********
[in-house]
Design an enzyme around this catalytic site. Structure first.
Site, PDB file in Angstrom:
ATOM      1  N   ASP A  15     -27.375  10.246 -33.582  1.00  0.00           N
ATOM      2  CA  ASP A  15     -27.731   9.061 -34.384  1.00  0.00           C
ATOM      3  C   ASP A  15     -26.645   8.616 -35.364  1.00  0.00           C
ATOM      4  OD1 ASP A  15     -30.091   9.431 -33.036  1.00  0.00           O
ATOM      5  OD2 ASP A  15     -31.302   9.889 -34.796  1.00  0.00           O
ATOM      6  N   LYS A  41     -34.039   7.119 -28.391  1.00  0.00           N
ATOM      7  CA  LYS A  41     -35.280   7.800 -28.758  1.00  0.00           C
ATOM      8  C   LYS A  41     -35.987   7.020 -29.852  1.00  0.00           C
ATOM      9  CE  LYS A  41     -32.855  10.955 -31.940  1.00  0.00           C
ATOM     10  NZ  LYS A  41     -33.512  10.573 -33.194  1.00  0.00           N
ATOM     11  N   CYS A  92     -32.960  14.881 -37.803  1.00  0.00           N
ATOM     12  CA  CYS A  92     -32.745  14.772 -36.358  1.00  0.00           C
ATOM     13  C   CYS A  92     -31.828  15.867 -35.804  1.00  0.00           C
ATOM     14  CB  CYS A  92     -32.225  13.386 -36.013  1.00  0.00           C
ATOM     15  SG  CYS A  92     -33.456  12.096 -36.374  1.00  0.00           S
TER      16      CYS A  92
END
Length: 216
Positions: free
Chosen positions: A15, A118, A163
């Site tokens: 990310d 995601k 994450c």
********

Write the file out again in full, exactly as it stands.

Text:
[in-house]
Design an enzyme around this catalytic site. Structure first.
Site, PDB file in Angstrom:
ATOM      1  N   ASP A  15     -27.375  10.246 -33.582  1.00  0.00           N
ATOM      2  CA  ASP A  15     -27.731   9.061 -34.384  1.00  0.00           C
ATOM      3  C   ASP A  15     -26.645   8.616 -35.364  1.00  0.00           C
ATOM      4  OD1 ASP A  15     -30.091   9.431 -33.036  1.00  0.00           O
ATOM      5  OD2 ASP A  15     -31.302   9.889 -34.796  1.00  0.00           O
ATOM      6  N   LYS A  41     -34.039   7.119 -28.391  1.00  0.00           N
ATOM      7  CA  LYS A  41     -35.280   7.800 -28.758  1.00  0.00           C
ATOM      8  C   LYS A  41     -35.987   7.020 -29.852  1.00  0.00           C
ATOM      9  CE  LYS A  41     -32.855  10.955 -31.940  1.00  0.00           C
ATOM     10  NZ  LYS A  41     -33.512  10.573 -33.194  1.00  0.00           N
ATOM     11  N   CYS A  92     -32.960  14.881 -37.803  1.00  0.00           N
ATOM     12  CA  CYS A  92     -32.745  14.772 -36.358  1.00  0.00           C
ATOM     13  C   CYS A  92     -31.828  15.867 -35.804  1.00  0.00           C
ATOM     14  CB  CYS A  92     -32.225  13.386 -36.013  1.00  0.00           C
ATOM     15  SG  CYS A  92     -33.456  12.096 -36.374  1.00  0.00           S
TER      16      CYS A  92
END
Length: 216
Positions: free
Chosen positions: A15, A118, A163
């Site tokens: 990310d 995601k 994450c």